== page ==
Sebastian Kurz may be about to lose his position as Austria's chancellor. But even if a majority of lawmakers side against him in a no-confidence vote, that doesn't necessarily spell the end of his political career.
Thomas Hofer, an expert on Austrian politics, spoke with DW about the likelihood of the no-confidence motion against the Austrian chancellor and his political chances in the upcoming snap election.
DW: Austrian Chancellor Sebastian Kurz is set to face a no-confidence vote in parliament on Monday. What happens if he loses?
Thomas Hofer: In that case, it would spell the end of this government. For the time being, it would also be the end of his chancellorship. Austria's president would have to appoint a policy expert or an official who would form a government and take on the chancellor's official functions. This person would remain in office until a new government comes together after the snap election in September.
This has never before happened in Austria; it would be a political crisis. At the moment, there's a strategic tug-of-war going on in the background, with pressure on the center-left Social Democrats (SPÖ) not to allow this no-confidence vote.
All cabinet ministers belonging to the far-right Freedom Party (FPÖ) have left the coalition government after Interior Minister Herbert Kickl was forced to step down in the wake of the Ibiza video scandal. An interim cabinet will be expected to step in until the election in September. But how much authority does such a cabinet actually have?
Kurz has planned to stay in office, along with the ministers from his own conservative People's Party (ÖVP), and fill the vacant positions with policy experts and civil servants until September. They're unlikely to pass any major legislation during that period. Austria has little experience with minority governments — and without cooperation from the Freedom Party, which has been kicked out of government, they're not going to get much done.
What concrete consequences would a no-confidence vote have for everyday politics in Austria?
Many of the reforms Kurz wanted to pursue with the FPÖ would collapse. Don't forget: Many legislative initiatives were pushed through in the face of massive resistance from the Social Democrats. It will be very difficult to enact those reforms that have already entered the legislative process. Lawmakers would have to start from scratch, and it would be difficult to launch any new initiatives.
For Kurz, it would be symbolic — will he head into the election campaign as chancellor, or simply as the head of his parliamentary group? Image-wise, that would make a big difference. The SPÖ certainly have that in mind; they don't want to give Kurz the opportunity to go into the campaign as chancellor.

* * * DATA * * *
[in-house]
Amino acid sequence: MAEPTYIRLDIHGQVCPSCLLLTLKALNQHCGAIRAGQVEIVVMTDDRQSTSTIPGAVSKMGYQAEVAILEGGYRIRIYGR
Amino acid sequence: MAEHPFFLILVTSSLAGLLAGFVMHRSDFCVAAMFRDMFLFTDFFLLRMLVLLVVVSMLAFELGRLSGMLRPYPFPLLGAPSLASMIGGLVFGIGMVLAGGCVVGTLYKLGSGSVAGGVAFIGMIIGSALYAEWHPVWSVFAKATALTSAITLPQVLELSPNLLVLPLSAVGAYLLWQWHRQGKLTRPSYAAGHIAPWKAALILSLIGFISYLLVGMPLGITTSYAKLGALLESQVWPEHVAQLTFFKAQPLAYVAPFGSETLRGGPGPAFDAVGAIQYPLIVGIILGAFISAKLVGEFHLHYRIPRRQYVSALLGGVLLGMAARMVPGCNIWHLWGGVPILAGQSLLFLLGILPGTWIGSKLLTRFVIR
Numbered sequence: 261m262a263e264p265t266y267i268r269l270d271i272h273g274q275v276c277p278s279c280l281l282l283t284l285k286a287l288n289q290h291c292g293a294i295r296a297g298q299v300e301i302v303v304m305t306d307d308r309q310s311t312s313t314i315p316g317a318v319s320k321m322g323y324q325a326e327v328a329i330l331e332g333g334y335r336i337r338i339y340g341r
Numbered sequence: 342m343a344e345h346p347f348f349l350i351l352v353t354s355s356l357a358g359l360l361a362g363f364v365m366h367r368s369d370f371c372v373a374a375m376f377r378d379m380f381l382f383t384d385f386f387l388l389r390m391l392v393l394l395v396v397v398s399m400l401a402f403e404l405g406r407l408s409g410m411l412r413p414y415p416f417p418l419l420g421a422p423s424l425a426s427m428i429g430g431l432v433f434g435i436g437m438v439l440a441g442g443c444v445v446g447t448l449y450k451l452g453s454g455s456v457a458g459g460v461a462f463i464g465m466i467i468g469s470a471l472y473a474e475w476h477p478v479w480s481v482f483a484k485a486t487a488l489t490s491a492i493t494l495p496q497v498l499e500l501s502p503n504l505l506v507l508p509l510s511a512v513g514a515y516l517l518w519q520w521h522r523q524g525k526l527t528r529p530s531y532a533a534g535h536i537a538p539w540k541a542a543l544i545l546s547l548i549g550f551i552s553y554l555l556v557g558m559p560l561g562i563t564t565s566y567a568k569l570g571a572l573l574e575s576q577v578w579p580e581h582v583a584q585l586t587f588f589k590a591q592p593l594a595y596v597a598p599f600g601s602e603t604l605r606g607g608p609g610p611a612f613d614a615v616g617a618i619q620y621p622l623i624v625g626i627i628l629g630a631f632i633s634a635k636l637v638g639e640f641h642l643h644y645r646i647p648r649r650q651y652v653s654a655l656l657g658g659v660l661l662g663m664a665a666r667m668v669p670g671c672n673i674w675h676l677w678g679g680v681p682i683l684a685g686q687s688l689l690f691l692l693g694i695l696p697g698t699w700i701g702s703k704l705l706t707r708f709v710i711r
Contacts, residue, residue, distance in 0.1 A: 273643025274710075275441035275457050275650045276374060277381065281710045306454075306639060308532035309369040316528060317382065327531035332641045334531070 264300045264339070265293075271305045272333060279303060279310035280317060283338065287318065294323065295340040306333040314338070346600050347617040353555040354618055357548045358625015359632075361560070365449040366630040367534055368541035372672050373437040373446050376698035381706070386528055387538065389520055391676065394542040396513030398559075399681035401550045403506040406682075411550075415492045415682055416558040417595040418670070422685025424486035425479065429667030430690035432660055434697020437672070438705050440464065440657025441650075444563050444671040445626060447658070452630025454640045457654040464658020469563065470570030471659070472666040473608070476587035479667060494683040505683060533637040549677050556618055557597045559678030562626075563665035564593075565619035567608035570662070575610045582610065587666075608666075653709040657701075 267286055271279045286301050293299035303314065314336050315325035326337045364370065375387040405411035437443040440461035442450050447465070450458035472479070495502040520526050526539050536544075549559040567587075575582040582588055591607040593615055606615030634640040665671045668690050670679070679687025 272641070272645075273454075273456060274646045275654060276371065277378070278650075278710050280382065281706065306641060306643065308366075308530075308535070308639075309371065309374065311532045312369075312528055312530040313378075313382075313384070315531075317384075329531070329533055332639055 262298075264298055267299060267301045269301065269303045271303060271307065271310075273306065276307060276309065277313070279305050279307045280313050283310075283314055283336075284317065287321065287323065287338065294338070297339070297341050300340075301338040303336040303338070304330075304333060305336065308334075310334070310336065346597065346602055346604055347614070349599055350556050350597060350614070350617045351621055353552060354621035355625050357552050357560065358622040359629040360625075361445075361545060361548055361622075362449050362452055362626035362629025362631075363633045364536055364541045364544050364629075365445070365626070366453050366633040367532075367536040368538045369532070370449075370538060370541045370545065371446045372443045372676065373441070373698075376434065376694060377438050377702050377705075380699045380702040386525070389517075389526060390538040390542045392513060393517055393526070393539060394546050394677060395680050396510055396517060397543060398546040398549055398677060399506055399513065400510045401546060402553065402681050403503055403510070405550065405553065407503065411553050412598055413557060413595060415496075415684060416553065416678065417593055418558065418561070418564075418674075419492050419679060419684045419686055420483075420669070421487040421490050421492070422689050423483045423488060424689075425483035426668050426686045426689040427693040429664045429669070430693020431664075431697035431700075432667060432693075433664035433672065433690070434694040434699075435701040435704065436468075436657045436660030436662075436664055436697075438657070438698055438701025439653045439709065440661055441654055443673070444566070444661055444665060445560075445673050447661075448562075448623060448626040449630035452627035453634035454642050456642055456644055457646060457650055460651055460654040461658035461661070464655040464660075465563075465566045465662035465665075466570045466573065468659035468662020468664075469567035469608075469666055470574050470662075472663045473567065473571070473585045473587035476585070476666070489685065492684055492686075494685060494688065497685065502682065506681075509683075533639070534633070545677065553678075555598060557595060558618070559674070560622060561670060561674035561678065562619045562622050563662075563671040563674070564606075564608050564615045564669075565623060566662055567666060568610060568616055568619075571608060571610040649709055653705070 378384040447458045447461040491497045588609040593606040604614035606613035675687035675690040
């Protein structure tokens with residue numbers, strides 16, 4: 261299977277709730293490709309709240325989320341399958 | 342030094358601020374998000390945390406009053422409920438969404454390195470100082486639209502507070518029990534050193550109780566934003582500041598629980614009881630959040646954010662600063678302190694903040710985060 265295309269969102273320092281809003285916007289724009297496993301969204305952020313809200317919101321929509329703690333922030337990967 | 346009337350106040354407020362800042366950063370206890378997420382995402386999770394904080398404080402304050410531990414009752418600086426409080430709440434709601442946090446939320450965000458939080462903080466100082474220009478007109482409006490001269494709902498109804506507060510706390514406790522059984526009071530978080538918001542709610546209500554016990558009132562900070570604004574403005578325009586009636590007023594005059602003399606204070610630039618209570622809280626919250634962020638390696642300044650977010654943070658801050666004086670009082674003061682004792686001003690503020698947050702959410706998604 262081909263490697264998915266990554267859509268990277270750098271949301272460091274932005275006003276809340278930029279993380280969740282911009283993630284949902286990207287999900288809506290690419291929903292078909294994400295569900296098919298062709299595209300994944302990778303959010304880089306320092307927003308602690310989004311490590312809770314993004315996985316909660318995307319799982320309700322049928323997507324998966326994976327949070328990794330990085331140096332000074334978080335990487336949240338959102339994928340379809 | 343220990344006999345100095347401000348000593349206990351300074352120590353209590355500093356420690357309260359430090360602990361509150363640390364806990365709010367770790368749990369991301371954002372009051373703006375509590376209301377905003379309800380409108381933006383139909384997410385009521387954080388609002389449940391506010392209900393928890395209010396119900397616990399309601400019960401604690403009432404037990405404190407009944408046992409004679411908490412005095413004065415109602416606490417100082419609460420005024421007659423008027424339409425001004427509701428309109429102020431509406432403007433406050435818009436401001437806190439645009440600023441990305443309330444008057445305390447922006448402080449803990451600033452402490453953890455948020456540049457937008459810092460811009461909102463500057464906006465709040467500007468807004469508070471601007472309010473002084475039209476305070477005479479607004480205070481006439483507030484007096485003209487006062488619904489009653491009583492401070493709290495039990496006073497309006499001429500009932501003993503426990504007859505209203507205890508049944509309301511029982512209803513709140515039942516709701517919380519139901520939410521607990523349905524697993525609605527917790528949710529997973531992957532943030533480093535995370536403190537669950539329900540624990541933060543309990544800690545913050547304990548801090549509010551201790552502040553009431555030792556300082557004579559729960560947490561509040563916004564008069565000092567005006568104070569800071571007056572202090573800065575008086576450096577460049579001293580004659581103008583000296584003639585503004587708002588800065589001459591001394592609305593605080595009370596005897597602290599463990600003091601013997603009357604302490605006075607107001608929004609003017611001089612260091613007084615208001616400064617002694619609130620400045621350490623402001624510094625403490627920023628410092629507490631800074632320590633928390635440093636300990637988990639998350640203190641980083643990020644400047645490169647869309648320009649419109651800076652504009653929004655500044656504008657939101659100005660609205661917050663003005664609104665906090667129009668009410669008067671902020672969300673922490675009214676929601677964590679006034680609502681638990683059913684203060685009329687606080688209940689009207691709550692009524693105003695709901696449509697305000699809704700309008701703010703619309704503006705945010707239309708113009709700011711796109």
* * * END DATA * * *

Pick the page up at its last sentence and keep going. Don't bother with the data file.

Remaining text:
SPÖ leader Pamela Rendi-Wagner has demanded the entire government step down, to be substituted by an interim cabinet of experts — that would include Kurz and the ÖVP ministers. How likely is that scenario?
That depends on the no-confidence vote. The SPÖ has given signs that it will support the motion, or even make its own proposal. It's quite likely that this scenario will come into play. Then it would be up to President Alexander Van der Bellen to form a caretaker government, unless there's pressure on the SPÖ to support a minority cabinet. If the SPÖ no longer wants Kurz as chancellor, it will support the no-confidence motion. In that case, we'll see a cabinet composed entirely of policy experts — for the first time in Austrian history.
Who could President Van der Bellen name as interim chancellor?
That remains unclear. It would probably have to be a respected politician, someone seen by the public as being non-partisan — and there aren't many people like that. Former President Heinz Fischer has already indicated that he would rather not be involved, but he hasn't ruled it out. But we won't see any discussion about that until it becomes clear that Kurz won't survive the no-confidence vote.
If the vote is successful, it would be a political first for Austria's federal government. Would Kurz survive this blow, or would it be the end of his political career?
No one is talking about an end to his political career just yet. He would still enter the race as his party's top candidate, and his chances of crossing the finish line as the winner in September aren't bad. He'll try to play the role of the victim. If the SPÖ supports the no-confidence vote, Kurz will accuse the Social Democrats of not having fulfilled their role of supporting the state in a crisis.
In September, the real question will be who Austrians trust to lead the country. At the moment, Kurz is still doing well in opinion polls, and he might even do better if he takes back a few seats from the Freedom Party. But the situation today is so volatile — it's still too early to say how the election will turn out.